The 5,437 mile distance between London and L.A. may have had its physical limitations on recording the album, but it did not hinder Pale Waves from cementing themselves as serious indie-turned-pop-punk contenders, determined to fly in the face of expectation. “With music, I don’t listen to other peoples’ opinions or other peoples’ pressure or expectations. I just do what I wanna do,” Heather explains.
Their new record is a pivotal change from the heavily-reused lyrics tackling teenage existential crises in their first album My Mind Makes Noises. Instead, Think of Who Am I? as the more grown-up, slightly more sophisticated and trustworthy older sibling. The new album guides the band through some of the self-realisations and personal growth that the band members are now facing, including lead singer Heather publicly coming out as gay, and drummer Ciára identifying as non-binary.
In her personal life, Heather was “always open” about her sexuality. “I guess I had spent so many years being out [that] it wasn’t that difficult for me. Everyone in my life is pretty loving: I wouldn’t have anyone in my life who’s anything else,” she tells Gigwise.
When Heather and her bandmates wrote the first album, Heather was all but 23-years-old; a delicate age for anyone trying to navigate their own sexual orientation, never mind announcing it in the public eye. “I wasn’t ready to be so open about it in terms of my music because I was aware of my sexuality, but I hadn’t owned it" she offers.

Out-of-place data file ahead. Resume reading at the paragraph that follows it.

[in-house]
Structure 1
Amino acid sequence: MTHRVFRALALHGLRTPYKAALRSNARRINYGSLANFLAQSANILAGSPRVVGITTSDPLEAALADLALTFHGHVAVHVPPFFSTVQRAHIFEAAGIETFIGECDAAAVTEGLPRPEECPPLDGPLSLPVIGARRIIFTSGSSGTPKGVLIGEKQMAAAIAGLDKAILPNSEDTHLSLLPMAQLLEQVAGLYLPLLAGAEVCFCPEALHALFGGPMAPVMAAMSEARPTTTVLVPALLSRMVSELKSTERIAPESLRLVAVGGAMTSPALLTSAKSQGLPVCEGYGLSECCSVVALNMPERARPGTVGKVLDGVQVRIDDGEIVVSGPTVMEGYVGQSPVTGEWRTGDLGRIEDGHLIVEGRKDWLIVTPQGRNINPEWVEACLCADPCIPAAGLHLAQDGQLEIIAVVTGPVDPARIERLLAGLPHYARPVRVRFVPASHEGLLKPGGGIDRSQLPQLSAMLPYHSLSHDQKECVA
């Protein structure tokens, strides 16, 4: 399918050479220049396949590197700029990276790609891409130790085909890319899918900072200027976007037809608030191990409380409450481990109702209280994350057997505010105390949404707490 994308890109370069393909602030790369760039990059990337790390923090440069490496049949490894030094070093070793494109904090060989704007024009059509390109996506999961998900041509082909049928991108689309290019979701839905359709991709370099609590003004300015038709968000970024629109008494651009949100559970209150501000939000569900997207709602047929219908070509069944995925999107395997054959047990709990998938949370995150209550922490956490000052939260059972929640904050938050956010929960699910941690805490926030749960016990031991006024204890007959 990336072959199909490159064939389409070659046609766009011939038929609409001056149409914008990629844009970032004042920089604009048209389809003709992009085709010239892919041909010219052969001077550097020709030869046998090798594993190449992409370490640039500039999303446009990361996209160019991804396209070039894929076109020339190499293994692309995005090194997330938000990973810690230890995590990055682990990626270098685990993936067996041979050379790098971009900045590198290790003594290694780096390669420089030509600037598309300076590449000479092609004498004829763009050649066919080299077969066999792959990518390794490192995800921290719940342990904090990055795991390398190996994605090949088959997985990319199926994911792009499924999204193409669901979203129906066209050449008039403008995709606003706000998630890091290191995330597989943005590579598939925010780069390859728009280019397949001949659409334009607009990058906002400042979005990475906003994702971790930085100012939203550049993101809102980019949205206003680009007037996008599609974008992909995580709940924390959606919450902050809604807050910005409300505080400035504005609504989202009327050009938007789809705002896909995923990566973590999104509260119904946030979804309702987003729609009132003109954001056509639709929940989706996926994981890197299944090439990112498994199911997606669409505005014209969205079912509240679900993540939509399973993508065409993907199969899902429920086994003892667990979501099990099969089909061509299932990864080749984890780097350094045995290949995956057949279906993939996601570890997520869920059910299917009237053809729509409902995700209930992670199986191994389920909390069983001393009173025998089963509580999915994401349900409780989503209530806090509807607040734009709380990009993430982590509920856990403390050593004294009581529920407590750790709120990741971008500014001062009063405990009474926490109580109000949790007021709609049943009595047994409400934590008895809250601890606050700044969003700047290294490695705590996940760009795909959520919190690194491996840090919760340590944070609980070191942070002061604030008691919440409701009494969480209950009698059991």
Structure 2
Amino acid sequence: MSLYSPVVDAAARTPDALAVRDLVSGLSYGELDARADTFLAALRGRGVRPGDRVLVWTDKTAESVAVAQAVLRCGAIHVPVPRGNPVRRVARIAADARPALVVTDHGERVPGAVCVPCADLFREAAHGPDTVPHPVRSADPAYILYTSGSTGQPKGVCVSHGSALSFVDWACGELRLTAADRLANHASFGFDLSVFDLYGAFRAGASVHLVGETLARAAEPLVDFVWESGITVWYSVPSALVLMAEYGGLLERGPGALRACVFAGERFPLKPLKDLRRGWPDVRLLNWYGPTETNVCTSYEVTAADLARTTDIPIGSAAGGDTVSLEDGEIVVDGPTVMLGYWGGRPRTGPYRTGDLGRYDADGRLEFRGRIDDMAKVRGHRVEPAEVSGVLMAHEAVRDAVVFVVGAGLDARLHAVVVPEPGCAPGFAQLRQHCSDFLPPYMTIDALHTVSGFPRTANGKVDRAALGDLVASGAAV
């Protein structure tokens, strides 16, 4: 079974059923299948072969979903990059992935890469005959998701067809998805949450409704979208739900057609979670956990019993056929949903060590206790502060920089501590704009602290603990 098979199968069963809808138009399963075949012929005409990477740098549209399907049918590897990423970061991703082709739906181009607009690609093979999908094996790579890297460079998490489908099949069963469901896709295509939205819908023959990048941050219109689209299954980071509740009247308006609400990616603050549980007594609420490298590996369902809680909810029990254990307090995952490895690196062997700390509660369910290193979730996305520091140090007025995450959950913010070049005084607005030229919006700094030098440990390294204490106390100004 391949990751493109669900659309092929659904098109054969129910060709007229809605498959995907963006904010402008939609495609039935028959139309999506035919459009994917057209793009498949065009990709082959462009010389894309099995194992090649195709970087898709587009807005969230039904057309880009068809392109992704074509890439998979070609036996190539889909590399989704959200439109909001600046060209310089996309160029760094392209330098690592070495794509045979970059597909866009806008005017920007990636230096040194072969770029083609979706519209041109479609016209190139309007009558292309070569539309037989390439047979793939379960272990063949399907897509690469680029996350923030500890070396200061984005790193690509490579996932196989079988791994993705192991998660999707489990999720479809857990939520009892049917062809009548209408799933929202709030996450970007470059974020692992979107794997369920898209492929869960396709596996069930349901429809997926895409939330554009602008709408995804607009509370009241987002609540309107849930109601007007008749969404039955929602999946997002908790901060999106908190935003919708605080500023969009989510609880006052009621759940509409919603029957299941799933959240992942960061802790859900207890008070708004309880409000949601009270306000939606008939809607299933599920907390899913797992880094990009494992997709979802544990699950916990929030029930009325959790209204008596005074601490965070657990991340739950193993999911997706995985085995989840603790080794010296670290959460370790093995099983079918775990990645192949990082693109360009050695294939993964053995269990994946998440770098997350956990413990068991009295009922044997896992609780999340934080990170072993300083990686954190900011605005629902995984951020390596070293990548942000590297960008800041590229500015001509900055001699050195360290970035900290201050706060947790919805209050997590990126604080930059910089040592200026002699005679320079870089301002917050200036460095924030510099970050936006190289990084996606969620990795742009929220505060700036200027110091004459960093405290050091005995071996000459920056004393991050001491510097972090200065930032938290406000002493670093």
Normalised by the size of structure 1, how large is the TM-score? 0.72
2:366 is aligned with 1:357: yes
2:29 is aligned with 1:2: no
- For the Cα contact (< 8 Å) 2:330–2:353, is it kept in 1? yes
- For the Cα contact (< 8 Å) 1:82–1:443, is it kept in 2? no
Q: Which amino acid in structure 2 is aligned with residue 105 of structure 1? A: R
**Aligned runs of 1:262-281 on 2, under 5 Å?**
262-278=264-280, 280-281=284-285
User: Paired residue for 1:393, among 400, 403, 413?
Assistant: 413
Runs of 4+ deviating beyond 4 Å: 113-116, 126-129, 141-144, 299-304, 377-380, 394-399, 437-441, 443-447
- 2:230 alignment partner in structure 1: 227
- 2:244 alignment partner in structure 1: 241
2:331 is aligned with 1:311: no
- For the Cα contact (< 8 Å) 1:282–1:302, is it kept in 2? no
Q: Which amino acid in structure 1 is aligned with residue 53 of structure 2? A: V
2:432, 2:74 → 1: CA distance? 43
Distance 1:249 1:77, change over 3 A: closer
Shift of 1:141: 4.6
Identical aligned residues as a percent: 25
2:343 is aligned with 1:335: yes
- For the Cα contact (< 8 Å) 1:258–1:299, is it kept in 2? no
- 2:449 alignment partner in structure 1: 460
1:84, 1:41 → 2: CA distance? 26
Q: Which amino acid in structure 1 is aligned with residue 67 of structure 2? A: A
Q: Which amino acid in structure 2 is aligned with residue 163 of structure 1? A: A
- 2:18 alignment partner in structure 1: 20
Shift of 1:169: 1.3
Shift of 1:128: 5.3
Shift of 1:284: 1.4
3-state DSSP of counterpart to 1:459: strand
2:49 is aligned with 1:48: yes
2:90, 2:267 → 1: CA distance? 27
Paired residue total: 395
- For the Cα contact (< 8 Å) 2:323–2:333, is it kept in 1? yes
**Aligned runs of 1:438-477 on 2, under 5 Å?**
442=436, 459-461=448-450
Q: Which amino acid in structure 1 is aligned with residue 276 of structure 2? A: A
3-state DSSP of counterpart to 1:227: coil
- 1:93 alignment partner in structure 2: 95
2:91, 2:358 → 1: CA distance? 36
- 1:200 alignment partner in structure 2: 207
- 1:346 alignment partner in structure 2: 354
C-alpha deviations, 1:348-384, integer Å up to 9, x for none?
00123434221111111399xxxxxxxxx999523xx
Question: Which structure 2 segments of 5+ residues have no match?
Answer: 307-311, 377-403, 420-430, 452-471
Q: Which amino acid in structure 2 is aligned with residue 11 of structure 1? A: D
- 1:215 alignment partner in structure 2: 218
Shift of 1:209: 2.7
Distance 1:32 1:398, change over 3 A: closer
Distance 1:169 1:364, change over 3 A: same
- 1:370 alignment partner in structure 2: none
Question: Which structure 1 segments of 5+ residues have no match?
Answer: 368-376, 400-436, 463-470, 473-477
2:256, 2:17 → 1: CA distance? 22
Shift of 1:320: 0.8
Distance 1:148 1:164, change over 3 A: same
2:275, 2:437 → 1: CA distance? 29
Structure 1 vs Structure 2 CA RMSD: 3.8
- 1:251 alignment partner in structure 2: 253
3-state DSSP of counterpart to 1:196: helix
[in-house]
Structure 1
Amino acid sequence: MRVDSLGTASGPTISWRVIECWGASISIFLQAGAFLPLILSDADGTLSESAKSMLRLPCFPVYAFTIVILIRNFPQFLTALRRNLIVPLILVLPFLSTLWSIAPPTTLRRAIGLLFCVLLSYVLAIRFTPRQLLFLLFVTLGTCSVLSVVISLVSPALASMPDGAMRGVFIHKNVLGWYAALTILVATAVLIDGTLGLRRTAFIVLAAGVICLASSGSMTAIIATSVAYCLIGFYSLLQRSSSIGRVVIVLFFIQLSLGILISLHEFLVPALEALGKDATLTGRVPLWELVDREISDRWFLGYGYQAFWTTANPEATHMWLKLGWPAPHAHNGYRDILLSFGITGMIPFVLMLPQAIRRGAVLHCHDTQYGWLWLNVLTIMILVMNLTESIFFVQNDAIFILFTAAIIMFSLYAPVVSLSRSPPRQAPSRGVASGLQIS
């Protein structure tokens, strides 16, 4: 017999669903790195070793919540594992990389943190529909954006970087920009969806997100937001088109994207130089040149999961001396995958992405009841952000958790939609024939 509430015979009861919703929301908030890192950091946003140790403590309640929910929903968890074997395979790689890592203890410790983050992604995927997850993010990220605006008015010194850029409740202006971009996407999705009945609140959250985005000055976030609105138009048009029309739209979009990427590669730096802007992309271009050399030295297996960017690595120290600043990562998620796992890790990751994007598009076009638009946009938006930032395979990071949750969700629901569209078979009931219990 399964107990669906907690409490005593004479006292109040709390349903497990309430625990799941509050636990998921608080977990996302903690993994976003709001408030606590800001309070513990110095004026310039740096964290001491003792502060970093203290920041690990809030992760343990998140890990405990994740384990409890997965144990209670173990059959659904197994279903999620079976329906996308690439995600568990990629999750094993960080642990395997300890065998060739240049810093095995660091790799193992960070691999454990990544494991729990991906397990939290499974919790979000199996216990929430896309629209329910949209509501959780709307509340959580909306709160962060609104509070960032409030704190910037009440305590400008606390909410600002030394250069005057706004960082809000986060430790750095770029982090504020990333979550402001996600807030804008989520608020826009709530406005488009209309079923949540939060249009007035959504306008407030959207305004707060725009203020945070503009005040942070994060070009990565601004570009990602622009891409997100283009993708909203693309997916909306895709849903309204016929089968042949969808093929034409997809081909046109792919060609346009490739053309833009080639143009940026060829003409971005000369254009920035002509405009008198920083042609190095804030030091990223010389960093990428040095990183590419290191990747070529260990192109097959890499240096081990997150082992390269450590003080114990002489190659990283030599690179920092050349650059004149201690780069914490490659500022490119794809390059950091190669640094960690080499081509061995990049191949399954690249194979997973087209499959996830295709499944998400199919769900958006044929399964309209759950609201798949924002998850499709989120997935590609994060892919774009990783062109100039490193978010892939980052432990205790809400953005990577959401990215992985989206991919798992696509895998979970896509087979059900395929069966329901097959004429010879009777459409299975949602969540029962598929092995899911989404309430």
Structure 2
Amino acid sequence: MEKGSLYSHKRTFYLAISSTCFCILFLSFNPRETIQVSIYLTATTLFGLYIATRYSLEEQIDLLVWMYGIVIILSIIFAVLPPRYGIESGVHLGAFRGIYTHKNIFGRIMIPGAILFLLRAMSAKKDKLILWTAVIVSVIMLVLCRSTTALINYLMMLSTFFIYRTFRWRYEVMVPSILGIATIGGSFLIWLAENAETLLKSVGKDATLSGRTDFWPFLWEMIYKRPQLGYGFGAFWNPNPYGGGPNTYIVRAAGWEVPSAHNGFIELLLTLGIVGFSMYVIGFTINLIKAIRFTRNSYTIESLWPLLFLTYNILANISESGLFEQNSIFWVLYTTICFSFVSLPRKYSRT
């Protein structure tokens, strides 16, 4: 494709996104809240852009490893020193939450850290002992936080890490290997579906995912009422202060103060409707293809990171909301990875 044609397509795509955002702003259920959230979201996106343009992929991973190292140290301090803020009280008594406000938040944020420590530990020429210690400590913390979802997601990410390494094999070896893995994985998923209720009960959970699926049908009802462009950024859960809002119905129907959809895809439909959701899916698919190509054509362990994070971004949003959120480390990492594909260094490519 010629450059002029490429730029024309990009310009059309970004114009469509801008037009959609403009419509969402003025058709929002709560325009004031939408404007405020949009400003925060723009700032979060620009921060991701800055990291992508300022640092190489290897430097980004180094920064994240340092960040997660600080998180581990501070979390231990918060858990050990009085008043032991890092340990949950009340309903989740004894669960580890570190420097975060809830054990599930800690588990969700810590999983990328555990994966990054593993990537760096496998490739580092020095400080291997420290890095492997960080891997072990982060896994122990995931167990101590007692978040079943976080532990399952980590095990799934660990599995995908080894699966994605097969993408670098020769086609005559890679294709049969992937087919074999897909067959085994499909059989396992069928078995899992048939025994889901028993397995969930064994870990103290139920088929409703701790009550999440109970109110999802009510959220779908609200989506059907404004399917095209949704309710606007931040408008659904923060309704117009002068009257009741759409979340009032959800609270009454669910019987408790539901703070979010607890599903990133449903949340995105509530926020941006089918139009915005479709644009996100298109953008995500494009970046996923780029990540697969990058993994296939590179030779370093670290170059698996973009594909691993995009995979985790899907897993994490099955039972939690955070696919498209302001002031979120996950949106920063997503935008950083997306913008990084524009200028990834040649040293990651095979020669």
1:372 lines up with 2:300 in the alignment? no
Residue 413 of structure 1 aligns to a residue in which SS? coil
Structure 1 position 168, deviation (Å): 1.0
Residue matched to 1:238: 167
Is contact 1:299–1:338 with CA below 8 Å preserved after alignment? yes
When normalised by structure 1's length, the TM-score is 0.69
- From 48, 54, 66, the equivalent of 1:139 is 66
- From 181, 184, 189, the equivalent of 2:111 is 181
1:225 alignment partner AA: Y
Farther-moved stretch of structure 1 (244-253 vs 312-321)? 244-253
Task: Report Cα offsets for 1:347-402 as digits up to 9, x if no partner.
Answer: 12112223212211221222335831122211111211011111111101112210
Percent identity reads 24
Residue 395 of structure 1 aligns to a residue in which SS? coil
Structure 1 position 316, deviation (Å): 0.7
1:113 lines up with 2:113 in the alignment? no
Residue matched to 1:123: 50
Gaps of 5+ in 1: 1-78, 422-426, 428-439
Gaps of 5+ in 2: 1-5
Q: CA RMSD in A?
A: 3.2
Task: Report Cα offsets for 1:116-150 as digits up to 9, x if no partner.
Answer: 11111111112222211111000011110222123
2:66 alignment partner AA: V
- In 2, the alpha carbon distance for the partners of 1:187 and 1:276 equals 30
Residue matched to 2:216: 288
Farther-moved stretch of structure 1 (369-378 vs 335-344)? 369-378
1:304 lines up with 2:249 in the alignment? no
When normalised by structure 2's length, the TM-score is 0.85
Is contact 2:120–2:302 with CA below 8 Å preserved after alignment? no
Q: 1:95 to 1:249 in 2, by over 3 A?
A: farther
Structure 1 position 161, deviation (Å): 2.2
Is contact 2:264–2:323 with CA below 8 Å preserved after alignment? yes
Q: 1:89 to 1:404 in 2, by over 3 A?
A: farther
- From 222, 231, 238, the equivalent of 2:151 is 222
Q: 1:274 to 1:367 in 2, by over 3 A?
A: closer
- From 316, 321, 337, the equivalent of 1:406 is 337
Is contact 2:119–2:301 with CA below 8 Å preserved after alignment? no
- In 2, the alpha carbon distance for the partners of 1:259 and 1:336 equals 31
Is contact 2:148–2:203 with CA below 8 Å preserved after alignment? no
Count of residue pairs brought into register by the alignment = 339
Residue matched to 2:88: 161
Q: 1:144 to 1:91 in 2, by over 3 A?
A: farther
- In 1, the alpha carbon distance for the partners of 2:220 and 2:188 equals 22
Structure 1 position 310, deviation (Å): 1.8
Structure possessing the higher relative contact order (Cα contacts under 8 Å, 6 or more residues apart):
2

For Heather, it took “meeting the right person” to write an authentic album that was not only representative of her own sexuality, but that would also be representative of Pale Waves’ LGBTQ+ fans, too. “I had a responsibility for the fans to be truthful and open because sexuality can be such a difficult thing…there’s not a lot of healthy representation in the LGBTQ+ community."
But channelling her inner badass, feminist energy was a journey she discovered on her own, especially when it came to her headstrong track 'You Don’t Own Me'. “I really look up to strong female artists like Courtney Love and Liz Phair and Alanis Morrissette. I think they’re so powerful within their songwriting and they really criticise society.”
Heather is now living “the dream representing women and [the] LGBTQ+ community in a good, healthy, strong, powerful way,” through the songs on Who Am I?. These are band members well-placed to carry such an important message for their fans. But nonetheless, “I would never wanna be just known for my sexuality,” Heather concludes.
“I wouldn’t ever just wanna be like ‘that gay band’ if you get what I mean. I don’t want my sexuality to just define me…my sexuality is a huge part of me, and it is a huge part of the music, but there’s a lot of other things that exist within this world.” And she’s right, there’s much more to Pale Waves’ new album than just that.
Who Am I? arrives 12 February via Dirty Hit.
More about: Pale Waves